Druw with Hall of Fame teammates John Smoltz and Tom Glavine.

Having sub-2000 hits and a .254 batting average isn’t the most inspiring thing when it comes to Hall of Fame cases, but Jones stacks up otherwise very soundly.

The #HofJones account on Twitter is doing a new mystery series comparing him to different Hall of Famers. This week it was Yankee legend Joe Gordon.

One thing to look at is players in for their glove. Bill Mazeroski was a far worse hitter than Jones, but got in for his glove at second base and one major postseason homerun vs. the Yankees. Ozzie Smith is considered by many the greatest defensive shortstop of all-time, but hit only 28 homeruns with a .666 OPS. Andruw was the greatest defensive centerfielder of all-time, hit 434 lifetime homeruns with an .828 OPS.

Of players that started 50% or more of their career games in centerfield, his 434 homeruns rank fifth among them all-time.

“Playing with the guy day in and day out – and with all due respect to Willie Mays, who I never saw play–I can’t imagine there was a better centerfielder in the history of the game. I know Griffey gets talked about a lot, and Griffey obviously was a great centerfielder. But I’m telling you: the plays Andruw made day in and day out were just remarkable. He was as good as it gets out there, and he had the offense to go with it. I certainly think he deserves stronger consideration than he’s gotten, and hopefully over time people will come to appreciate that a little bit more.”

-Tom Glavine, who was enshrined into the Hall of Fame in his first time on the ballot in 2014.

I’m just going to drop some tweets that really show the greatness of Andruw.

Andruw Jones legitimately may be the best talent not in the Hall of Fame outside of those with heavy links to PEDs (Roger Clemens, Barry Bonds, etc).

Impact on the Game?

The picture above is a picture of Andruw with a young kid in Andruw’s hometown of Curacao. Who did that kid grow up to be?

The above picture is Andruw with current Braves second base superstar Ozzie Albies, who’s currently the best second baseman in baseball. That was taken at the All-Star Game in 2018, which was Albies first appearance. It is the same kid from Curacao as the picture before it. Andruw was his idol.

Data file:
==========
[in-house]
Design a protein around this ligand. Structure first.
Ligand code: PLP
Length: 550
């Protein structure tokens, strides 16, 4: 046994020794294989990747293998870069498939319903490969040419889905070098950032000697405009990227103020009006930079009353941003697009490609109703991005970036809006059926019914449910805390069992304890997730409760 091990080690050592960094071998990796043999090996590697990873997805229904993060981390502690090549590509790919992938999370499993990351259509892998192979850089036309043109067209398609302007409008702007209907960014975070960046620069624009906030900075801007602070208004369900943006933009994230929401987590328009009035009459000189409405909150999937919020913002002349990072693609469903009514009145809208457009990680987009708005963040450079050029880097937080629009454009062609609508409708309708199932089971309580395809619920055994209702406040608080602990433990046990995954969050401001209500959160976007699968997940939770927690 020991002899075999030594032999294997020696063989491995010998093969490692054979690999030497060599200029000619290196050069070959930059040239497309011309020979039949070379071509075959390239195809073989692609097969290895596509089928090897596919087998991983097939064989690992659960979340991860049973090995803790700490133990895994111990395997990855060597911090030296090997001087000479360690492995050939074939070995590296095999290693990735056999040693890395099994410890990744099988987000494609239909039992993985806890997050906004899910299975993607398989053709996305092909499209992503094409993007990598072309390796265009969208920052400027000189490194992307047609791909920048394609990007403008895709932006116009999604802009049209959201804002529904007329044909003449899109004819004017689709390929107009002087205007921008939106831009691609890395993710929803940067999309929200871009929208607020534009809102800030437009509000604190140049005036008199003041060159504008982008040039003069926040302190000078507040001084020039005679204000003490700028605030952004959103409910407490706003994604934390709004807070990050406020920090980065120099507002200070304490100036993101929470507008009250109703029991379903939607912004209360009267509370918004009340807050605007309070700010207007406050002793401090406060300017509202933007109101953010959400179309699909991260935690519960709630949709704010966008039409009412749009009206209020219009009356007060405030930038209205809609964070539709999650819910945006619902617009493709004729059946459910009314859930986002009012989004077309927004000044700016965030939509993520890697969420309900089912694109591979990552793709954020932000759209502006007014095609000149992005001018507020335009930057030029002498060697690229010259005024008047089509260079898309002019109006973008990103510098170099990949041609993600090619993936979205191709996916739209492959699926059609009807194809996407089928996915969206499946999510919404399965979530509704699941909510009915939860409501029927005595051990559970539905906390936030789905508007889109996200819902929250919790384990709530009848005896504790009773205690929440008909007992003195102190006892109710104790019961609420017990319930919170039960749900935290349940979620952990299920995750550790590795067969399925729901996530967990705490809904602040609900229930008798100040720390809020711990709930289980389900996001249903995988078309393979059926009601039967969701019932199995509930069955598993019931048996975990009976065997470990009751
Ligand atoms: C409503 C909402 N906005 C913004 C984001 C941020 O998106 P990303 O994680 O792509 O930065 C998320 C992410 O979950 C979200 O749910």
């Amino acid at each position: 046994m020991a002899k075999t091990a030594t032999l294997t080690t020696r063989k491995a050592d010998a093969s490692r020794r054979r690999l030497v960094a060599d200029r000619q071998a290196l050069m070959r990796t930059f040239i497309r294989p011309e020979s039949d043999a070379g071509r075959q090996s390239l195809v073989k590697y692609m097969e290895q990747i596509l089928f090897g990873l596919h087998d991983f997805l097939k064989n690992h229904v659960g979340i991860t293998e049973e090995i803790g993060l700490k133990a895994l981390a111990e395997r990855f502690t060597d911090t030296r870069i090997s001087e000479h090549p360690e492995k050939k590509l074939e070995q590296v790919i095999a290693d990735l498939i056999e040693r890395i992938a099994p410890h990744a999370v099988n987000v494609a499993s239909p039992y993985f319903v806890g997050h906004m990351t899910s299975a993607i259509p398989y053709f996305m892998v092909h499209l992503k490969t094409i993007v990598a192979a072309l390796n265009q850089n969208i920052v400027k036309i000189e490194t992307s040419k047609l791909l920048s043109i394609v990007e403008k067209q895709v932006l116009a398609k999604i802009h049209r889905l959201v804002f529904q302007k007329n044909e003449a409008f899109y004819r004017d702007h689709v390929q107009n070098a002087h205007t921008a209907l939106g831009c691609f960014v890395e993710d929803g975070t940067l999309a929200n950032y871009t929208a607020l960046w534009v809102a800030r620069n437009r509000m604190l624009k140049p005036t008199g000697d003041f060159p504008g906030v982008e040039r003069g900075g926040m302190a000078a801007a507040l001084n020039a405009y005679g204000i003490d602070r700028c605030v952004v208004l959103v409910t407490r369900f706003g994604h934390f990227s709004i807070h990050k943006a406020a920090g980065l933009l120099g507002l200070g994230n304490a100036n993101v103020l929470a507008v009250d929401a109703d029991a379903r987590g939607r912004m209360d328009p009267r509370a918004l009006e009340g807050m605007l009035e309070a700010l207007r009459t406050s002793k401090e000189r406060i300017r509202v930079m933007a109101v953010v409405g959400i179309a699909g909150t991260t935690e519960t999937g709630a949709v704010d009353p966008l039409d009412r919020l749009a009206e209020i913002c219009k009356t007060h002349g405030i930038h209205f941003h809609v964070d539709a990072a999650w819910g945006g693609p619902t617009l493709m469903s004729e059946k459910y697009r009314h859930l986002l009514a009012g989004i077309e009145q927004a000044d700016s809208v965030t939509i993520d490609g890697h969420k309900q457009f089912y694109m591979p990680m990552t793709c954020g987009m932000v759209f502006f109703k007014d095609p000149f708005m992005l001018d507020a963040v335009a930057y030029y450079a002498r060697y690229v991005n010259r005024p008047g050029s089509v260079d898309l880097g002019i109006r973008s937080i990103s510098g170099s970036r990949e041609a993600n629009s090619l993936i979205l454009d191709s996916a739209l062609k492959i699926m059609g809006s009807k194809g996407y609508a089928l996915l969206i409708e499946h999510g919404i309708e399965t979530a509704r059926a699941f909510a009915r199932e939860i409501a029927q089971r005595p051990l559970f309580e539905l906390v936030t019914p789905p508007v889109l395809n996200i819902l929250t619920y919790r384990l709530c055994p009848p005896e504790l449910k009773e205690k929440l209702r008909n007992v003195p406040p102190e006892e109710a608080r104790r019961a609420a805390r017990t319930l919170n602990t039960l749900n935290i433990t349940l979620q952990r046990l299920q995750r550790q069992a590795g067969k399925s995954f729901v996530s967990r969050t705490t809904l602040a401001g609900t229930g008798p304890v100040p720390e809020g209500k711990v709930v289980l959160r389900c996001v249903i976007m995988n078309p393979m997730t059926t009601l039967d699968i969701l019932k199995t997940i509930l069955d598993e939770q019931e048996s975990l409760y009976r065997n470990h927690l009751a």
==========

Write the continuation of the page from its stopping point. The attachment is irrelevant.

Another young Brave is 21-year-old Cristian Pache, who’s been mentored by Jones in recent years, and recently got an Andruw tattoo.

Yes, Andruw Jones Warrants Enshrinement

Andruw Jones is probably the best overall player that isn’t in the Hall of Fame, despite his sharp drop off. He is the greatest defensive player at his position while hitting 434 homeruns. He’s done a number of things that no other player has ever done. He has the postseason pedigree dating back 19 years of age. He inspired a generation of international prospects. He was an absolutely insane talent. Unfortunately, as he enters his fourth opportunity on the writers ballot, it seems like a far cry. In 2018, he got 7.3% but in 2020 he saw an uptick to 19.4%. He could potentially be another case such as Mike Mussina, Larry Walker, Tim Raines and Edgar Martinez, who all saw enshrinement in very late ballots due to a late surge of support from more analytically driven voters. With the ballot the clearest its been in seven or eight years, this is a prime year for Jones to see a huge increase in votes. Andruw Jones is a Hall of Fame player, he just doesn’t have the plaque that comes along with being one.